Given that \begin{cases} U_1=U_2=0, \\ U_{n+1}=\frac13 (U_n+U_{n-1}^2+\frac59), \forall n\ge2 \end{cases}

Find the limit of $U_n$

My transformations:

The second condition yields: \begin{align} 3U_{n+1}=U_n+U_{n-1}^2+\frac59 \end{align}

So I assume that $L$ is the limit, then I solve the function for $L$, which yields $\frac53$ or $\frac13$

I also got $U_3=\frac5{27} < \frac13$ , $U_4=\frac{20}{81} <\frac13$, so I suspect that all numbers should be less than $\frac13$. Which then I did like:

If $U_n$ is the first one to exceed 1/3, then either $U_{n-1}$ or $U_n$ must exceed $\frac13$, which is inherently proven using induction as I have been mentioning earlier.

I just want to check if this is correct. And otherwise, how can it be solved differently?

Any review is appreciated!

  • $\begingroup$ It is true by induction that $0\le U_n\le \frac{1}{3}$, then you could perhap use the transform $U_n = \frac{1}{3} - V_n$. $\endgroup$ Nov 28, 2021 at 8:22
  • $\begingroup$ Or you could prove by induction that $U_{n+1} - U_n \ge 0$. $\endgroup$ Nov 28, 2021 at 8:29
  • $\begingroup$ ok, with your argument $L=1/3$ or $L=5/3$ that is right, but first you have to prove that the limit exists, otherwise you can't use this argument $\endgroup$
    – Marcos
    Nov 28, 2021 at 8:30
  • $\begingroup$ @Marcos But it is an increasing sequence with an upper bound right? $\endgroup$ Nov 28, 2021 at 8:35
  • $\begingroup$ Yeah, that's it but you have to say it, just to make things rigurous. $\endgroup$
    – Marcos
    Nov 28, 2021 at 8:38

2 Answers 2


Your equation $$\begin{cases} U_1=U_2=0, \\ U_{n+1}=\frac13 (U_n+U_{n-1}^2+\frac59), \forall n\ge2 \end{cases}$$ is equivalent to the map \begin{cases} x_{n+1}=y_n, \\ y_{n+1}=\frac13 (y_n+x_{n}^2+\frac59) \end{cases} This map has fixed points $p_1=(\frac{5}{3},\frac{5}{3})$ and $p_2=(\frac{1}{3},\frac{1}{3})$. The jacobian matrix around $p_2$ has eigenvalues $\lambda_1=\frac{2}{3}$ and $\lambda_2=-\frac{1}{3}$. As $|\lambda_1|<1$ and $|\lambda_2|<1$, $p_2$ is an stable fixed point. You can show that all points with $$f(x,y)=(x-\frac{1}{3})^2+\frac{100}{64}(y-\frac{1}{3})^2<1$$ are in the basin of attraction of $p_2$. Hint: you can study what this function in a point before and after the action of the map.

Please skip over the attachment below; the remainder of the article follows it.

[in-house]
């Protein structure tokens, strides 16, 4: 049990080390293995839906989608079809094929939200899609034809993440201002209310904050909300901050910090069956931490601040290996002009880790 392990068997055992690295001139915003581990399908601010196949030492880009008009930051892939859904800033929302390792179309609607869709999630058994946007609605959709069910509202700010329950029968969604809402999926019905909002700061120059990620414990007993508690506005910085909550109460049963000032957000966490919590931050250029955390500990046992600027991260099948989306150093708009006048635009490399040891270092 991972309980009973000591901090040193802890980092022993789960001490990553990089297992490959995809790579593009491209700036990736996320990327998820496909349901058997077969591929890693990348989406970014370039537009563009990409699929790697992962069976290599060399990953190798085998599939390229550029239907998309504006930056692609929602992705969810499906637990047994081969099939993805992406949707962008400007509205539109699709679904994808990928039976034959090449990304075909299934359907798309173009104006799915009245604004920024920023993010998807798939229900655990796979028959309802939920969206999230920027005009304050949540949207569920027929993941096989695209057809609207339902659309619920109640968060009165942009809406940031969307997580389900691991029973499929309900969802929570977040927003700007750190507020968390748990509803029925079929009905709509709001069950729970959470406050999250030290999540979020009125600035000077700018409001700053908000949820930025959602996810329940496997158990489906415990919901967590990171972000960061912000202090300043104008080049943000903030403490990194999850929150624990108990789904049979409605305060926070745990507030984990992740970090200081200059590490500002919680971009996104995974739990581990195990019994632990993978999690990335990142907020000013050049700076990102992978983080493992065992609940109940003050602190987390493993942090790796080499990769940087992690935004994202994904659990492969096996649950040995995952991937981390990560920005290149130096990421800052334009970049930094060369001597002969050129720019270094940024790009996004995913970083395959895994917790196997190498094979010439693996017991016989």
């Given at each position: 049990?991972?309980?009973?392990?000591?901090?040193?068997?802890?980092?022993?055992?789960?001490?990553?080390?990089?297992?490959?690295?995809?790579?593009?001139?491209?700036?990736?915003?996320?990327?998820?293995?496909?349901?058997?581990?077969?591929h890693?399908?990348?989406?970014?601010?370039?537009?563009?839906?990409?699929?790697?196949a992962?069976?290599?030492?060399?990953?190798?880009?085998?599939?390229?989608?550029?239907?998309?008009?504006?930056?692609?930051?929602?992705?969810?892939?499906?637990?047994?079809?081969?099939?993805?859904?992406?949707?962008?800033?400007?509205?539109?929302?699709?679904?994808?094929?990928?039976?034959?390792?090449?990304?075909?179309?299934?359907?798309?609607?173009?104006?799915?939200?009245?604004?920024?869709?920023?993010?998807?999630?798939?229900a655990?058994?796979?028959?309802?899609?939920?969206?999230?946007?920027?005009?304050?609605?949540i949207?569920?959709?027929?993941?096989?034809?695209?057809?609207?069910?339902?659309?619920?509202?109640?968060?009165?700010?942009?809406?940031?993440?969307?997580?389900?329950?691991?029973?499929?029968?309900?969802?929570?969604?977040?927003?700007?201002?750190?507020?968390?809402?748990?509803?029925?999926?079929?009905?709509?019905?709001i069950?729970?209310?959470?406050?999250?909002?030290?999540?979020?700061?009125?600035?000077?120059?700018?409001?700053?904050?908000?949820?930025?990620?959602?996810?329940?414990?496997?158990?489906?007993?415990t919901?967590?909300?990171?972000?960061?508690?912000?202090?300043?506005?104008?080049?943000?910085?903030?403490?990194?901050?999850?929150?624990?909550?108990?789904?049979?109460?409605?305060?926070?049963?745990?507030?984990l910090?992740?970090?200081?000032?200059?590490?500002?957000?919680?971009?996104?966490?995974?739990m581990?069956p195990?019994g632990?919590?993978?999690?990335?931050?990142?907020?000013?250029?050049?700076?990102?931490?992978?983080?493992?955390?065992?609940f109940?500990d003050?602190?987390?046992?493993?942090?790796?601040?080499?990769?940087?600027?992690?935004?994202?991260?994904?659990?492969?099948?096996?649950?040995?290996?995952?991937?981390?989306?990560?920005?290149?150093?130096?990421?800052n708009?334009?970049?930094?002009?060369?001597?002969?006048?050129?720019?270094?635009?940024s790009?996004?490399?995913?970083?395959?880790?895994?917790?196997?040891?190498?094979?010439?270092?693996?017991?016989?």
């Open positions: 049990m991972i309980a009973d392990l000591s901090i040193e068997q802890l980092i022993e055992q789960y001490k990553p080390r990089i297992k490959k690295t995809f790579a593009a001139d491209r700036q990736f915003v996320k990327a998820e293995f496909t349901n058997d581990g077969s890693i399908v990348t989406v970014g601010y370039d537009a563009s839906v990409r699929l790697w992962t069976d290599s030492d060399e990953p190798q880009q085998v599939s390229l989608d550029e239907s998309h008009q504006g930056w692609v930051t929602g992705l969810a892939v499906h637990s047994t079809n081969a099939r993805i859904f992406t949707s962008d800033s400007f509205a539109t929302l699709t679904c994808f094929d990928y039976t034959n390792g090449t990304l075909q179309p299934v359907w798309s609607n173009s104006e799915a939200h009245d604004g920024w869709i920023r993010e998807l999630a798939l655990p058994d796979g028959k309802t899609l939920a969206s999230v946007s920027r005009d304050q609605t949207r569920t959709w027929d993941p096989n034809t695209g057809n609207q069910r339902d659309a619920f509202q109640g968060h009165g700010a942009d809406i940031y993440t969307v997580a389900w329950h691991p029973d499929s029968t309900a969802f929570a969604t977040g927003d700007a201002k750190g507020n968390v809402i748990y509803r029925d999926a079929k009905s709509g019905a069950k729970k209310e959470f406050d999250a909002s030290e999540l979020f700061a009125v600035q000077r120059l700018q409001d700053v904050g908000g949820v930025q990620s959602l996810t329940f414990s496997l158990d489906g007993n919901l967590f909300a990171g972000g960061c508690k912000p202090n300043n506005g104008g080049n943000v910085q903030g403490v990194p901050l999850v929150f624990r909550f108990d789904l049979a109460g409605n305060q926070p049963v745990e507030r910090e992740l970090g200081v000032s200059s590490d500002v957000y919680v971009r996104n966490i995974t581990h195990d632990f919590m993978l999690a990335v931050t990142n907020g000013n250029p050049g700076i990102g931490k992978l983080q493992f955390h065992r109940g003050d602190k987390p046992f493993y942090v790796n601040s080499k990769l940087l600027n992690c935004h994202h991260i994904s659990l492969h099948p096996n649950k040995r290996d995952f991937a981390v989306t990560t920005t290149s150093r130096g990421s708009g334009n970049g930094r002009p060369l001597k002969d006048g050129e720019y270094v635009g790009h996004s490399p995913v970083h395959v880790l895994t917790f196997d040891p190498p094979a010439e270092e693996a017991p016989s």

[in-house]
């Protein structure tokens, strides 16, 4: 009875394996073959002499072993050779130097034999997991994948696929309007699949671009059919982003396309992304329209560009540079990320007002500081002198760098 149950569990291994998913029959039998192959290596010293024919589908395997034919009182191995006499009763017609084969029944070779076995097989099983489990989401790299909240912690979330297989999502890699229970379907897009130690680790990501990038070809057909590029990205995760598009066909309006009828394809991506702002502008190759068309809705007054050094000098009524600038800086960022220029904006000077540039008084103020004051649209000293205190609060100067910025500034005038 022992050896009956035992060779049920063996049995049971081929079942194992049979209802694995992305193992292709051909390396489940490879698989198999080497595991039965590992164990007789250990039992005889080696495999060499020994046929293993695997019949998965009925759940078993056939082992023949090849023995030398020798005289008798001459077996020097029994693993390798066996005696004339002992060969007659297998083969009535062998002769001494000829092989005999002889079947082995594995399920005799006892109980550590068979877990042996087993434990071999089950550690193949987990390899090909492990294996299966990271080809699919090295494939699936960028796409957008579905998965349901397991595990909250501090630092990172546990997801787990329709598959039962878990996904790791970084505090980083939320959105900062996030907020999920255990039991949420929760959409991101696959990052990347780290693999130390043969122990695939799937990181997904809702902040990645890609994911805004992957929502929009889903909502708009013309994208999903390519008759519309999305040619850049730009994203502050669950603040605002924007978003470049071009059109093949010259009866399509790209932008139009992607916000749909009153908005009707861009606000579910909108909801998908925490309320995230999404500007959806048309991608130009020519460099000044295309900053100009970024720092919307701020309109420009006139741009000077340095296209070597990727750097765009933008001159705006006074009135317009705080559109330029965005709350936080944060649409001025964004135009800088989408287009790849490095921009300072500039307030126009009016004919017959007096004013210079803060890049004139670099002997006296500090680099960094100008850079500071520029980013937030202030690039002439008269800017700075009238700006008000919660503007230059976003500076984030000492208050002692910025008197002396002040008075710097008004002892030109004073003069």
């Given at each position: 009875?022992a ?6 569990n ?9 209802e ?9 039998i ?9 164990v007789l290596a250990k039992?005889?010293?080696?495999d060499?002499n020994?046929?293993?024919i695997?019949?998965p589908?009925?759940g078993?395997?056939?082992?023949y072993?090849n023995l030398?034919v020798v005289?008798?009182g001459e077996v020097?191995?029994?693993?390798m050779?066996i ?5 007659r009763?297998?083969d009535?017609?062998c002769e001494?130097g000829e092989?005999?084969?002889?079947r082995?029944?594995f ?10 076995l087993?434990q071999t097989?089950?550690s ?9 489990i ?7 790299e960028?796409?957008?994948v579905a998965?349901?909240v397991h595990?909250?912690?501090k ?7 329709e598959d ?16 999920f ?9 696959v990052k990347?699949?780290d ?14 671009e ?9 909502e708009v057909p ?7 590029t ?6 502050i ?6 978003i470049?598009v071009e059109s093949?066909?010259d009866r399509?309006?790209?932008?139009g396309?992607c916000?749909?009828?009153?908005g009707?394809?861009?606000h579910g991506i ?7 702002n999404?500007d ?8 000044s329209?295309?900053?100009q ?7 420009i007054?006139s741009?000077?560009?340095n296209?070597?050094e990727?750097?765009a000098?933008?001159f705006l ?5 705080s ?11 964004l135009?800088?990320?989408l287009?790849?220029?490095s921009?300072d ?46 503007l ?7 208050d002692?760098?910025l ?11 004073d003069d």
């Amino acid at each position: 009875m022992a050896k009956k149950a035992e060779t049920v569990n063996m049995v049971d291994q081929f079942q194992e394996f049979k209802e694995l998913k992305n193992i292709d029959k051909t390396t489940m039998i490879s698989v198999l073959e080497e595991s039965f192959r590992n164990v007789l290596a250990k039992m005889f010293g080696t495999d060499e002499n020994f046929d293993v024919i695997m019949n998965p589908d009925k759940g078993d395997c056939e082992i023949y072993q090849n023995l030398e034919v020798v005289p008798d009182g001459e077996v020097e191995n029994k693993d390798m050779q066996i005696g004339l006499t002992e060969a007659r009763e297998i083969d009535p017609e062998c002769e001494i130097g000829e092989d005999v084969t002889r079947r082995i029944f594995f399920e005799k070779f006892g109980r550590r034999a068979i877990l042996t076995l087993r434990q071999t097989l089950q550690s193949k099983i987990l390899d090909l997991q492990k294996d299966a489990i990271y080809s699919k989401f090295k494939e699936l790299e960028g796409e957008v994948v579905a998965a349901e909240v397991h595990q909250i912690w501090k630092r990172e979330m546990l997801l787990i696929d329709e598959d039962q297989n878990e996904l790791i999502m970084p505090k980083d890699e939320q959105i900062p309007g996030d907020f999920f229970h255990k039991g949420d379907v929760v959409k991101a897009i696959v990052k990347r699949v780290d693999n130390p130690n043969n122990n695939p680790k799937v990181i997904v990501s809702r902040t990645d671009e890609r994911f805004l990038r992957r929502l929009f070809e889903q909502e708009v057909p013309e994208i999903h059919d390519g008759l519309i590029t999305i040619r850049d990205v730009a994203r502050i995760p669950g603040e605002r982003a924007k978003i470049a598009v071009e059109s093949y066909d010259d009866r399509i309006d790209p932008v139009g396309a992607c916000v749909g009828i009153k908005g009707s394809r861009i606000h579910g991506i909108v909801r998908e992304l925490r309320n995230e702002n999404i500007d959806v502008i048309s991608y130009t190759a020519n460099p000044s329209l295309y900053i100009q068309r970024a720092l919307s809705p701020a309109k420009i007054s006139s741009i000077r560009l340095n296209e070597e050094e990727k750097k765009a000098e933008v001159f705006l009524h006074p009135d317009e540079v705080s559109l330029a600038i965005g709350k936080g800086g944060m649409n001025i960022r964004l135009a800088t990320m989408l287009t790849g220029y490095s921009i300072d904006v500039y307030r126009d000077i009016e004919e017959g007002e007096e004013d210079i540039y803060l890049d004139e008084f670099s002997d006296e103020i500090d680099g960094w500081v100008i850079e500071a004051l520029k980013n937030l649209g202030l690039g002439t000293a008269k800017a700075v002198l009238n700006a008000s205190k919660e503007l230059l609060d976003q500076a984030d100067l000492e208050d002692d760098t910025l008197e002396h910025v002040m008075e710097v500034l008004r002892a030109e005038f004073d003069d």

I will give an elementary solution.

First, we prove by induction that $U_n\geq 0$ for all $n\geq 1$. The base case is $U_1=U_2=0$, which is true by definition. Now, assume as induction hypothesis that $U_n\geq 0$, then$$U_{n+1}=\dfrac{1}{3}\left (U_n+U_{n-1}^2+\frac{5}{9}\right )\geq 0$$which finishes the induction.
Now, as you noted, we will prove that $U_n\leq \dfrac{1}{3}$ for all $n\geq 1$, using complete induction.
The base case is $U_1=U_2=0\leq \dfrac{1}{3}$, which is true by definition. Now, assume as induction hypothesis that $U_n\leq \dfrac{1}{3}$ for all $n\leq k$, then for $k+1$ we have$$U_{k+1}=\frac{1}{3}\left (U_k+U_{k-1}^2+\frac{5}{9}\right )\leq \frac{1}{3}\left (\frac{1}{3}+\frac{1}{9}+\frac{5}{9}\right )=\frac{1}{3}$$which finishes the induction.
Then we have that $0\leq U_n\leq \dfrac{1}{3}$ for all $n\geq 1$.
Next, we prove by induction that $U_n\leq U_{n+1}$ for all $n\geq 1$. The base case is $U_1=0\leq 0=U_2$ which is true by definition. Now, assume as inducing hypothesis that $U_{n-1}\leq U_n$ for $n\geq 2$, first observe that from $0\leq U_{n-1}\leq U_n\leq \dfrac{1}{3}$ it follows that $U_{n-1}^2\leq U_n^2\leq U_n$, hence$$2U_n-U_{n-1}^2-\frac{5}{9}\leq 2U_n-U_n-\frac{5}{9}=U_n-\frac{5}{9}\leq 0$$from this follows that$$3U_n\leq U_n+U_{n-1}^2+\frac{5}{9}$$which implies that$$U_n\leq \frac{1}{3}\left (U_n+U_{n-1}+\frac{5}{9}\right )=U_{n+1}$$as wanted. This finished the induction.
Therefore, $\{U_n\}$ is an increasing bounded sequence, hence it is a convergent sequence. Let $L=\lim \limits _{n\to \infty}U_n$. Then\begin{align*}L & =\lim \limits _{n\to \infty}U_n \\ & =\lim \limits _{n\to \infty}U_{n+1} \\ & =\lim \limits _{n\to \infty}\frac{1}{3}\left (U_n+U_{n-1}^2+\frac{5}{9}\right ) \\ & =\frac{1}{3}\left (L+L^2+\frac{5}{9}\right ). \end{align*}From this follows that $L=\dfrac{1}{3}$ or $L=\dfrac{5}{3}$. But $L\leq 1$ because $U_n\leq 1$ for all $n\geq 1$, hence $L=\dfrac{1}{3}$, i.e. $\lim \limits _{n\to \infty}U_n=\dfrac{1}{3}$.


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